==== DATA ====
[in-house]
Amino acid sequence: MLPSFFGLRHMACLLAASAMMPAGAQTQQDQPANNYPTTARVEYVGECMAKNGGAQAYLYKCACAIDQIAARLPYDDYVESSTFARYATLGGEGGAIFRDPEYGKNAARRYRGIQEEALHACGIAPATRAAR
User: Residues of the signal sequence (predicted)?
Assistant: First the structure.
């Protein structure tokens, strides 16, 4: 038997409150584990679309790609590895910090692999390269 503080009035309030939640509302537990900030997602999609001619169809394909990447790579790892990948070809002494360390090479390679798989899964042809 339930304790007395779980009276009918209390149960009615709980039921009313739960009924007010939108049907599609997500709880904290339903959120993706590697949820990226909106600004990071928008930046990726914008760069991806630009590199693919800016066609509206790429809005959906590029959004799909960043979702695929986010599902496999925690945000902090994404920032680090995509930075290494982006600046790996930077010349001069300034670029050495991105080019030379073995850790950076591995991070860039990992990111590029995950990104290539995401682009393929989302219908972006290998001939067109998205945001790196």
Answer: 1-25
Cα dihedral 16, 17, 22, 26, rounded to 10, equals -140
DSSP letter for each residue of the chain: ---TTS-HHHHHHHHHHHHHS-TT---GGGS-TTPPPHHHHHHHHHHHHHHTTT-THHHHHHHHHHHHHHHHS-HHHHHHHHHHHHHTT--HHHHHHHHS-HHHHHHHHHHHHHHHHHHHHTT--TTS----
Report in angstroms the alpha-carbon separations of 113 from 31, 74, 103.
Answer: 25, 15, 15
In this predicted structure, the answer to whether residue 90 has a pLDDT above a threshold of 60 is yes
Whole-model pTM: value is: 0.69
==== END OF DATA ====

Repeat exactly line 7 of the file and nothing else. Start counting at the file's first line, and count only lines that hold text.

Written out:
Cα dihedral 16, 17, 22, 26, rounded to 10, equals -140